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In-Space Manufacturing

  • Full or part time
  • Application Deadline
    Monday, December 30, 2019
  • Funded PhD Project (European/UK Students Only)
    Funded PhD Project (European/UK Students Only)

Project Description

In-space manufacturing has the potential to replace ground based manufacturing for space systems to reduce the launch cost and ground inventory of spare parts. In the longer term, ISM can provide on-demand manufacturing capability for maintenance, repair and also enable space-based construction of large structures and facilities. There are key areas of research that need to be investigated to make this possible and which this programme of work will assess in depth:

- Materials - recycling, transportation and characterisation techniques.
- Assessment of flexible advanced manufacturing technologies.
- Assess the energy requirements and source availability.
- Analysing how to adapt to the space environmental conditions.

Based on the above aspects, this programme will develop a strategic roadmap for In-Space Manufacturing for the UK industry and explore the potential opportunities in this area by assessing the economic viability and the maturity of technologies to build spare parts/large structures for space systems. The research will focus on all stages of applicable manufacturing processes from availability of raw materials to the end-product. It will also consider challenges related to the space environment and energy supply to adapt to the changes of the manufacturing conditions.

This programme of work will be conducted as part of a strategic partnership between the National Manufacturing Institute of Scotland (NMIS) and BAE Systems as industrial partener with the aim of exploring how the UK can position itself to develop a strong value proposition and business case for manufacturing in space.

Advanced manufacturing technologies have attracted several industries over the years, including space research centres. For space research, even small parts need to be transported from ground. This is expensive as it requires a large inventory of spare parts and materials to be stored on the ground. Developing In-Space Manufacturing (ISM) capabilities could assist personnel in space to develop parts when required for equipment maintenance, vehicles, facilities, and other space systems. For instance, studies and experimental activities have already been conducted to highlight that the additive manufacturing process could be a potential method of manufacture to develop spare parts and tools for maintenance purposes in space. Based on high-level literature review, it was found, the ISM could be critical capability for the long endurance missions for leading space agencies around the world.

There may also be technologies and manufacturing processes that could benefit from application in the environment of space. For example, microgravity can reduce stratification of materials during manufacture and many industrial processes require vacuums. There may be opportunities to manufacture parts which cannot be manufactured on earth or perhaps create parts more economically.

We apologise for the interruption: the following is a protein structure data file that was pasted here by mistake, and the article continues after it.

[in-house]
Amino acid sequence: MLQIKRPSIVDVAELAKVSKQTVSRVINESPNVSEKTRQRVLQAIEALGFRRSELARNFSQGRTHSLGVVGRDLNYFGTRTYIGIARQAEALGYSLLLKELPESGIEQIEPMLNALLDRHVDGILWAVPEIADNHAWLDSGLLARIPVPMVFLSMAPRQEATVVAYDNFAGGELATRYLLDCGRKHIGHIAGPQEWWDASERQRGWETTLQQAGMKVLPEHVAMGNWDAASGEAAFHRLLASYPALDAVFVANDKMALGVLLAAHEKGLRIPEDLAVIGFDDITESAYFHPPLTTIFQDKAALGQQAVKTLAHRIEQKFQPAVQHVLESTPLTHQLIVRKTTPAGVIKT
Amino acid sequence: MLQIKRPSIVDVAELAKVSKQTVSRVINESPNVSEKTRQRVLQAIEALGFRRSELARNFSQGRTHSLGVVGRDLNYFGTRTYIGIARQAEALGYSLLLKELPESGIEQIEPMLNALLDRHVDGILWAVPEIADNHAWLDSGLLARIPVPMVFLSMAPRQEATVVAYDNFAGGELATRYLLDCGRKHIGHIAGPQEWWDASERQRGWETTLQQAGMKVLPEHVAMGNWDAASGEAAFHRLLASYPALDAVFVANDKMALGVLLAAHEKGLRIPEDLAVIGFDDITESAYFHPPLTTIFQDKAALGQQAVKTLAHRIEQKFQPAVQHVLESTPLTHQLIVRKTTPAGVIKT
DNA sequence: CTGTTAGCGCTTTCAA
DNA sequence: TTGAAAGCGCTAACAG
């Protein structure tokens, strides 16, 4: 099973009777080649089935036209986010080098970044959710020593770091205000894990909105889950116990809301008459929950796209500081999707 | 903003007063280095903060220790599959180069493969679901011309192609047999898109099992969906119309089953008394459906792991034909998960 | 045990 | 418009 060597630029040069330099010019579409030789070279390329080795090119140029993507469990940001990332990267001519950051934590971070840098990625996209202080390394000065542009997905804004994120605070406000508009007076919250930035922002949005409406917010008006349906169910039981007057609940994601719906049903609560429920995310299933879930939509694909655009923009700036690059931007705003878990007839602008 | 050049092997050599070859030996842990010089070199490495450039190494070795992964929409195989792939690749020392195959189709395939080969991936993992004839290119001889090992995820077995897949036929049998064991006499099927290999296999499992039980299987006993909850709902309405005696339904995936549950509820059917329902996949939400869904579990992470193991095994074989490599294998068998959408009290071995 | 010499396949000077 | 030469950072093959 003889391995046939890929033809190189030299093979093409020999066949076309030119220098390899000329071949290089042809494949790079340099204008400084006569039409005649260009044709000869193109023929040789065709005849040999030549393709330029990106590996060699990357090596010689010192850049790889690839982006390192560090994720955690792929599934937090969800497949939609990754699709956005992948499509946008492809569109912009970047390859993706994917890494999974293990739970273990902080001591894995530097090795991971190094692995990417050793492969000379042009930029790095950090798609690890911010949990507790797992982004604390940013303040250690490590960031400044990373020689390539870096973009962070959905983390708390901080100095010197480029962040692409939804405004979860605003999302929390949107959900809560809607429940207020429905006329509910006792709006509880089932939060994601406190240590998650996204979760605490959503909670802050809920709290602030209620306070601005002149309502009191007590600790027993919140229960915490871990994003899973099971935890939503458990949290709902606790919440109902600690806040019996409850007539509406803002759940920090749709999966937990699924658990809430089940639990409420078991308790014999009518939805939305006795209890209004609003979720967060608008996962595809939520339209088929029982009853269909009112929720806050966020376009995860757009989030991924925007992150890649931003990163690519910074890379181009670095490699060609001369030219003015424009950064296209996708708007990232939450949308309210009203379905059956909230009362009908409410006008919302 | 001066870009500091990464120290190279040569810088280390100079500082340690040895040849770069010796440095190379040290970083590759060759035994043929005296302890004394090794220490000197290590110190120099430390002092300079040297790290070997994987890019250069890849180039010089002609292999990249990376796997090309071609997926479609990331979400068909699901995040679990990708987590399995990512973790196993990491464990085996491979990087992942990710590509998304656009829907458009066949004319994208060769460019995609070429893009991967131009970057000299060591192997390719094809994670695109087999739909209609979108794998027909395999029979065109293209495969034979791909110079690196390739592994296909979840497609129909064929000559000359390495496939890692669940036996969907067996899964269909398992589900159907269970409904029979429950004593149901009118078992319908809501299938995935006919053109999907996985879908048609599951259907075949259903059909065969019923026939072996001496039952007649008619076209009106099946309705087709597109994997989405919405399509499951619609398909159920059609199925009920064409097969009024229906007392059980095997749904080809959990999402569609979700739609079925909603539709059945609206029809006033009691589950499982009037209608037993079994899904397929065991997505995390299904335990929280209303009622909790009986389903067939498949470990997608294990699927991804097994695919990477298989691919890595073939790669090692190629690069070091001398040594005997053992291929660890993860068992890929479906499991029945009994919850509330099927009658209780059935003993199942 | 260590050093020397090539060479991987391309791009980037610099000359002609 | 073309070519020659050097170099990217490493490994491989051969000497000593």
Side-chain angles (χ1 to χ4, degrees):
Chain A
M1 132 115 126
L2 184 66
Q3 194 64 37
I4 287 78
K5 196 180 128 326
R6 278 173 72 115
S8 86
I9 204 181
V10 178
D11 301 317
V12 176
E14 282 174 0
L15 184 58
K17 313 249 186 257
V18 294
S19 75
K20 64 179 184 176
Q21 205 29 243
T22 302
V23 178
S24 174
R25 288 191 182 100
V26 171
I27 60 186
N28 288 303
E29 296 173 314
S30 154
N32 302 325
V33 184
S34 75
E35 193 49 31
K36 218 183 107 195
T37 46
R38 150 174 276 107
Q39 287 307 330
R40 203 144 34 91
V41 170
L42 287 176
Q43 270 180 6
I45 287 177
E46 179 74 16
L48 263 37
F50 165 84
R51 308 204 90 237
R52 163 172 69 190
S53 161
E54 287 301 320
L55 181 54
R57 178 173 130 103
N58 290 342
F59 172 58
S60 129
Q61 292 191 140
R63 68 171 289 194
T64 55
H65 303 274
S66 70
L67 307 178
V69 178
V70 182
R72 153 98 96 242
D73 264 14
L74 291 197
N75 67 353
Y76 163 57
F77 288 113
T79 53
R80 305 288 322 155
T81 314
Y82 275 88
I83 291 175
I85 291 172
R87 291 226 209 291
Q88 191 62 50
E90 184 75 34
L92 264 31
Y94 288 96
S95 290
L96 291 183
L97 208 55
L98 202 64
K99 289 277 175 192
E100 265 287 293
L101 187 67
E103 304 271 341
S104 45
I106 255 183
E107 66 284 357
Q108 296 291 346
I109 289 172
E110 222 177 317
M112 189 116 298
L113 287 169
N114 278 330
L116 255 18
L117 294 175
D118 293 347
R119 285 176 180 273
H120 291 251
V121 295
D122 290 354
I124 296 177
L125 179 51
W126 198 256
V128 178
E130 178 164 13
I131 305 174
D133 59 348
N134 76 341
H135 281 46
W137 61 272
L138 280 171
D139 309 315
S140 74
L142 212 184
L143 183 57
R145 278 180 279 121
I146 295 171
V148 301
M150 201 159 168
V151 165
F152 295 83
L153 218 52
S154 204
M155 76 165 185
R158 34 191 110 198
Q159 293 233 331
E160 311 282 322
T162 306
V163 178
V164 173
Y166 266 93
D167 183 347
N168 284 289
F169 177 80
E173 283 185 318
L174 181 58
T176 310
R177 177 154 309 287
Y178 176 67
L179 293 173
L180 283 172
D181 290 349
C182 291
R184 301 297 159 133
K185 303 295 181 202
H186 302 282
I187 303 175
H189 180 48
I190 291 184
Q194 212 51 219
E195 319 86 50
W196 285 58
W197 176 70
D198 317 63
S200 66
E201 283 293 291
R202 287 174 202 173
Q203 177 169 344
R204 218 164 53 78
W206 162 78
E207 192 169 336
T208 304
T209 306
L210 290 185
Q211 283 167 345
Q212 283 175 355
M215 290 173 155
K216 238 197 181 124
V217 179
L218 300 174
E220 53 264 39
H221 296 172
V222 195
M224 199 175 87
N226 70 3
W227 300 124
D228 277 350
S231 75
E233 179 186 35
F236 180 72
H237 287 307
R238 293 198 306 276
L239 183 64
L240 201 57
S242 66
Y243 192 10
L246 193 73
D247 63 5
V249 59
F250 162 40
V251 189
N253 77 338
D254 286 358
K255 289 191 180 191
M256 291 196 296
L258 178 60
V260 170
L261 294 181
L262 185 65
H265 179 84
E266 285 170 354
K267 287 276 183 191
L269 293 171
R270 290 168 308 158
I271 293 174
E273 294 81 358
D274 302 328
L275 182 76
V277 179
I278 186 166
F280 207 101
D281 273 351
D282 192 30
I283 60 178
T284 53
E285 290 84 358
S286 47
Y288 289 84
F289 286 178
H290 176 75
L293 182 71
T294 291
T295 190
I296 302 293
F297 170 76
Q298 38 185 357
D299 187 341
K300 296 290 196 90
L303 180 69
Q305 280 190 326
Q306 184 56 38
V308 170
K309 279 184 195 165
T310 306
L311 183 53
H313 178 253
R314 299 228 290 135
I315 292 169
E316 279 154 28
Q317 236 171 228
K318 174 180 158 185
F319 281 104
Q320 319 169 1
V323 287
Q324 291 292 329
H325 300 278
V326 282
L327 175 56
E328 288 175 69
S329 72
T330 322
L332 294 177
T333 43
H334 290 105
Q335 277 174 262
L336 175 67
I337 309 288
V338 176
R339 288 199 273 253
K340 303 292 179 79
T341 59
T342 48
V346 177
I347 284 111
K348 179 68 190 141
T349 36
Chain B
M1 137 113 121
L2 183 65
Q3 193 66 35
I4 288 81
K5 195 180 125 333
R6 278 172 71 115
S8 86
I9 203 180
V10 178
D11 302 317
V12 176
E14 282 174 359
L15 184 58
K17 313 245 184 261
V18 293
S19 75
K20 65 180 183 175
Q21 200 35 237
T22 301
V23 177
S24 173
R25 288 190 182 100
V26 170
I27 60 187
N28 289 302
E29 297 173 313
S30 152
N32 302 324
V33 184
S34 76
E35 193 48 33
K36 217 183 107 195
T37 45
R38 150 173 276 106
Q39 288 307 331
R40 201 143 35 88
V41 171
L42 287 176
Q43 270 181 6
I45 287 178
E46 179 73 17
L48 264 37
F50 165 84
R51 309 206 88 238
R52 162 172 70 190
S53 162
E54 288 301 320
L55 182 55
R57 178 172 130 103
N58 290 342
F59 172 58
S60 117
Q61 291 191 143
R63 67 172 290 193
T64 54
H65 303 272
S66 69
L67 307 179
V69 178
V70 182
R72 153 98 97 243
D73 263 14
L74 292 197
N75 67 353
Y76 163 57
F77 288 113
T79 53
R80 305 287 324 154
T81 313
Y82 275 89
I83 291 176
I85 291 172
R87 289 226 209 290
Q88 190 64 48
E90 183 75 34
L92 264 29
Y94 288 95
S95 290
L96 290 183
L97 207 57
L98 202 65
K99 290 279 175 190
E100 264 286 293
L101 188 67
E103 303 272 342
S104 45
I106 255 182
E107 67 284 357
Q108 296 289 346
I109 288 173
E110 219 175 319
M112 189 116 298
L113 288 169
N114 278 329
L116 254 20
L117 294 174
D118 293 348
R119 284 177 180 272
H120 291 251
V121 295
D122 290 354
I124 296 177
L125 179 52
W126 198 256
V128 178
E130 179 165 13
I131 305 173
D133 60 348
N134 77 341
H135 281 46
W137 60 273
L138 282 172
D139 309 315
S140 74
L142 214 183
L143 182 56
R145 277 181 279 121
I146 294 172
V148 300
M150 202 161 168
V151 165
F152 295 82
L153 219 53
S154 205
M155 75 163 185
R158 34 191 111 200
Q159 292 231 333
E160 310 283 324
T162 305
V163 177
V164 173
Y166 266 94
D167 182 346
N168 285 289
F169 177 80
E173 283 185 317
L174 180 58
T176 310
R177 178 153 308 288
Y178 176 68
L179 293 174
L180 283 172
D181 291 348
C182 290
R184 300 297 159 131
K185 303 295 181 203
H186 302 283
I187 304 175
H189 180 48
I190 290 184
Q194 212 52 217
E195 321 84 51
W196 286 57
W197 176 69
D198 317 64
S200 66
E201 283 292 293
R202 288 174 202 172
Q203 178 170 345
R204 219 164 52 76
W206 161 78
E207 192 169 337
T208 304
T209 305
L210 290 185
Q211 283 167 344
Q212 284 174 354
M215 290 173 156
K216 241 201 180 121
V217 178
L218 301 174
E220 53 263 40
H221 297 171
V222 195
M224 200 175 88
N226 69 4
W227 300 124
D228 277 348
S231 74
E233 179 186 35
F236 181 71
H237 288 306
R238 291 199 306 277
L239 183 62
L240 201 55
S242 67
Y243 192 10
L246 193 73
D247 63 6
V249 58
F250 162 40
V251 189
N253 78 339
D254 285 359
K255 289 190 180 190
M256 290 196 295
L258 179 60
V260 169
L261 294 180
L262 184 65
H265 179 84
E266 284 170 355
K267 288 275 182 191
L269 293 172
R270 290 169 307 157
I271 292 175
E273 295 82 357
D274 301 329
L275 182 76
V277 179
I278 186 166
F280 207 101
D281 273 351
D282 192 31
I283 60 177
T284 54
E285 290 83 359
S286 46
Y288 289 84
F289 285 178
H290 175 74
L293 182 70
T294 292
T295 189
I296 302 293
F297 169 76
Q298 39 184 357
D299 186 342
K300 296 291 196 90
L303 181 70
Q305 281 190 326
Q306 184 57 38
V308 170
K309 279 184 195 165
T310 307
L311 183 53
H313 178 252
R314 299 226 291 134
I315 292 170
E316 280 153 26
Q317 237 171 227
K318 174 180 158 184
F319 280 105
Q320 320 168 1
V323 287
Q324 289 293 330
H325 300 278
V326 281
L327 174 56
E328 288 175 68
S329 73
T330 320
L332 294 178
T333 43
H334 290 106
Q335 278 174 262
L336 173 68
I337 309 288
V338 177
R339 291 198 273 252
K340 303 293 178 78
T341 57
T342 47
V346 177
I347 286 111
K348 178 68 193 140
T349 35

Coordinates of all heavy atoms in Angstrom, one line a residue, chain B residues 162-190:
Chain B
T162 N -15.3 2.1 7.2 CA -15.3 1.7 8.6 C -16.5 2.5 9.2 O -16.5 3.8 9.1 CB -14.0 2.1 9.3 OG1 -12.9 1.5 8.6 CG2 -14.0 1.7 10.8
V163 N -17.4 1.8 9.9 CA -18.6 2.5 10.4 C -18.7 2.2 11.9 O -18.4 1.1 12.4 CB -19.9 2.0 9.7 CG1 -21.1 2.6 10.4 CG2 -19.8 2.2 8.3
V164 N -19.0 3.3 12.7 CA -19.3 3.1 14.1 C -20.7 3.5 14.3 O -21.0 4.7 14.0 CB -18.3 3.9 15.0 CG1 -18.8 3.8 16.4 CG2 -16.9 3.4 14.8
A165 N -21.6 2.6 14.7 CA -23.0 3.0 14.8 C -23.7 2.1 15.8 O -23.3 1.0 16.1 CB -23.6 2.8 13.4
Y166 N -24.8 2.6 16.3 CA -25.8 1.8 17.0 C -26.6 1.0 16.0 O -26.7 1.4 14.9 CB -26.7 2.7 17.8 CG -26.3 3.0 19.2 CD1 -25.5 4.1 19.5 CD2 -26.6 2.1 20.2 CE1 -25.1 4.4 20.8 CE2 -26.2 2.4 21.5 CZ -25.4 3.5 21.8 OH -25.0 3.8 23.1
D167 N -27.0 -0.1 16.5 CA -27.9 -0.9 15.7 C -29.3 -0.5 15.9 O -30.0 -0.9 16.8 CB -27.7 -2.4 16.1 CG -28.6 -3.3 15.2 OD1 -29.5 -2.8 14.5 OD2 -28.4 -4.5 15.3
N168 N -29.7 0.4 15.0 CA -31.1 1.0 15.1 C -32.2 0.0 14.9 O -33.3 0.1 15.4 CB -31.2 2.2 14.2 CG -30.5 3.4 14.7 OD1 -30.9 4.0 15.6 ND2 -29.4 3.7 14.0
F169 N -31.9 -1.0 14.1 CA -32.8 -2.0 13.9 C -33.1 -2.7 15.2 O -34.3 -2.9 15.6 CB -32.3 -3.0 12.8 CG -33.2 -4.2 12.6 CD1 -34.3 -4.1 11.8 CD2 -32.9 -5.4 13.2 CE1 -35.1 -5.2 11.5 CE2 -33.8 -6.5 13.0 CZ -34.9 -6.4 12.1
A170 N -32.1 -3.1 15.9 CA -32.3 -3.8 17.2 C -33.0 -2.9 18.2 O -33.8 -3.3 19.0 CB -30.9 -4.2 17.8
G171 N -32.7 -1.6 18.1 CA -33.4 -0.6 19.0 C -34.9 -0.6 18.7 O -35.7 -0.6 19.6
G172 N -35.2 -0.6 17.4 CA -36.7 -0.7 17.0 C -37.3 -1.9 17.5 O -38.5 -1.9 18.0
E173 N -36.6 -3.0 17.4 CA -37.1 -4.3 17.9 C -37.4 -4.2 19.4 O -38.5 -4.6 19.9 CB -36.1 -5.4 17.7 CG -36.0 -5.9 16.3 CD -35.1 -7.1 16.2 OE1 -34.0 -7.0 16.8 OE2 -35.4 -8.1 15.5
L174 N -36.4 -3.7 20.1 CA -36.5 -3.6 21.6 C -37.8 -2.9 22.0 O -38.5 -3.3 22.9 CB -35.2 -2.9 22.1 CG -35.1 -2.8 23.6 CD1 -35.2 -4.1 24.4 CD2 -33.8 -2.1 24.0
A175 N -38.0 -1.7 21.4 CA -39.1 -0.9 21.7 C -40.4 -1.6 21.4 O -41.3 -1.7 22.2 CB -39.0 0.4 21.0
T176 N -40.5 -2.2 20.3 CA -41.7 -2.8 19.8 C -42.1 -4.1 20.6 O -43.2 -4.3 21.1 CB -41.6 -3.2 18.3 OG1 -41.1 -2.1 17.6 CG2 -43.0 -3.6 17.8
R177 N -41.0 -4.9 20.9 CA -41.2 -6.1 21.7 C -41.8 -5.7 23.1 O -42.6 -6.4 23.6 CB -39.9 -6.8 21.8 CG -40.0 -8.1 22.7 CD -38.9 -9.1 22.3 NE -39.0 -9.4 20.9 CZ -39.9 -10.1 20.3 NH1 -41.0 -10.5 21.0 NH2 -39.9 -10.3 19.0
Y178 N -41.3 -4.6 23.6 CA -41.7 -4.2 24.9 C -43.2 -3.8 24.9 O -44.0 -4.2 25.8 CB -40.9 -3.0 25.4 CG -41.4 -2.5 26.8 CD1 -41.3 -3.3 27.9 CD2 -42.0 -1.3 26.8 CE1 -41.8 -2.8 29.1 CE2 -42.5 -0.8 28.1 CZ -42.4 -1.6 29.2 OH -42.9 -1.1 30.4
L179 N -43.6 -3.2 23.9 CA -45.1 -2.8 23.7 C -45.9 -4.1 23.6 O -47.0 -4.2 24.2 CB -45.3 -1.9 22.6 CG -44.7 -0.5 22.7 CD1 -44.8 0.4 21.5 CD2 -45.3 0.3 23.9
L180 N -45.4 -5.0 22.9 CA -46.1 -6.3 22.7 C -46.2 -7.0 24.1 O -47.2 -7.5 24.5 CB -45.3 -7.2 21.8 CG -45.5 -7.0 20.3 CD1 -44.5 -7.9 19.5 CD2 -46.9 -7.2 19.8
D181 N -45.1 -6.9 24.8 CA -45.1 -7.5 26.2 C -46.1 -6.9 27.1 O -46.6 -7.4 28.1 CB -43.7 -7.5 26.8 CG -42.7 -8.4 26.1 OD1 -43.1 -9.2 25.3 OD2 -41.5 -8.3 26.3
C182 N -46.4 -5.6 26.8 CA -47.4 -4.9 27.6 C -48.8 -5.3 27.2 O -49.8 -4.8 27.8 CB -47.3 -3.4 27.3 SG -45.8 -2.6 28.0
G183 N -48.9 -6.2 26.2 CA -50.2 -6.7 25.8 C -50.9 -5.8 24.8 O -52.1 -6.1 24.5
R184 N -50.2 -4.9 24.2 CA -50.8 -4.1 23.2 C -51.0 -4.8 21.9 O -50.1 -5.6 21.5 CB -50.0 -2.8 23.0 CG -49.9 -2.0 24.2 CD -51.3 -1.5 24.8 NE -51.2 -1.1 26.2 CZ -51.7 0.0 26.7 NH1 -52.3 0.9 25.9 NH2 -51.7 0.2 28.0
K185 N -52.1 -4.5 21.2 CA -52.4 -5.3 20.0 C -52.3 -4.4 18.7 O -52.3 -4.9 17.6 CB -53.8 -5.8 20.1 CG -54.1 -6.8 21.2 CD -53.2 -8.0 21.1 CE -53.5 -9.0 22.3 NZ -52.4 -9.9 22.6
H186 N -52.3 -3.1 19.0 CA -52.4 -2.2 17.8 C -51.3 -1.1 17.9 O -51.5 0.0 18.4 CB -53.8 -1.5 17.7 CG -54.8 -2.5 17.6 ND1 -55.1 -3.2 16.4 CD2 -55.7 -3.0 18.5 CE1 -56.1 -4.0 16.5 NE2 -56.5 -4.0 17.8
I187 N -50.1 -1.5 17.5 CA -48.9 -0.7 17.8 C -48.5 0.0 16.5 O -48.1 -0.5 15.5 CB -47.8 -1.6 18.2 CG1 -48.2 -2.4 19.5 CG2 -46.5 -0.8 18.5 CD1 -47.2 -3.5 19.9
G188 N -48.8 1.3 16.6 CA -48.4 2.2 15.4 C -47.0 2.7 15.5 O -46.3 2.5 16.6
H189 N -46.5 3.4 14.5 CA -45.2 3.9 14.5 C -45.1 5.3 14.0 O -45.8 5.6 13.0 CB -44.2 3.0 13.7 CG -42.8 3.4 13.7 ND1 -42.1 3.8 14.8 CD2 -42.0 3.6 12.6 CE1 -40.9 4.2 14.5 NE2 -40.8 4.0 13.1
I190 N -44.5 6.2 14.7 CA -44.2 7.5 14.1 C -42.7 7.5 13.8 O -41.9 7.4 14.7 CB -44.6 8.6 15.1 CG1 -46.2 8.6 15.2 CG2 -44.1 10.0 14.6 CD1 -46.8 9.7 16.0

This programme of work aims to explore potential opportunities in the area of ISM, including related technical risks, challenges and economic feasibility. There are key areas of research that need to be investigated and which this programme of work will study in depth:

- Raw materials
- Manufacturing processes

Analyse initially the conditions of the raw materials to transport from Earth to space then study the recyclability of space junk, extraction of raw materials from asteroids, mining activities on the surface of planets/the moon and characterisation methodology of the materials. Study the recyclability of existing parts and in-space manufactured parts (defective parts) to reclaim the original material to develop a self-sustaining ISM capability.

Assessment of manufacturing technologies from small scale parts (e.g. repair and build tools and spare parts for the current in service requirements) to construction of large structures and space facilities. Investigate the benefits of the space environment in developing and implementing adapted manufacturing processes.

- Environment
- Energy and Power

Identify and analyse the effect of different space environmental conditions (e.g. micro-gravity, solar radiations, electro-magnetic interference, etc.) on new manufacturing processes and map the optimum environmental conditions and analyse how these can be developed and implemented to adapt to space conditions.

Assess the availability of different energy sources in space and how to extract and exploit them (e.g. solar, nuclear, etc.). Investigate methods to extract energy from space junk that will lead to e.g., clean the space environment and safe guard active satellites and the International Space Station (ISS). It will investigate:

- Literature review of the existing ISM related research work and stakeholders.
- Characterisation of materials (raw materials and in-space manufactured parts).
- Additive/hybrid manufacturing of non-metallic and metallic parts.
- Automated assemblies and joining/welding technologies by using robotics.
- Energy sources: Solar/RTG/MMRTG/Fission/Fusion

Funding Notes

Applications are welcome from all who possess or are about to obtain a first class or 2.1 BEng (Hons), MEng or MSc degree, or equivalent EU/International qualification, in a relevant discipline. Applications from Home, Rest of UK and EU students will receive funding of the home fee and stipend.

International Students are welcome to apply but should be aware of the additional funding requirements and will have to provide evidence that they can pay the difference in fees of circa £16k per annum.

Please email Dr Dorothy Evans at , with the project title and attach your most up-to-date cv.

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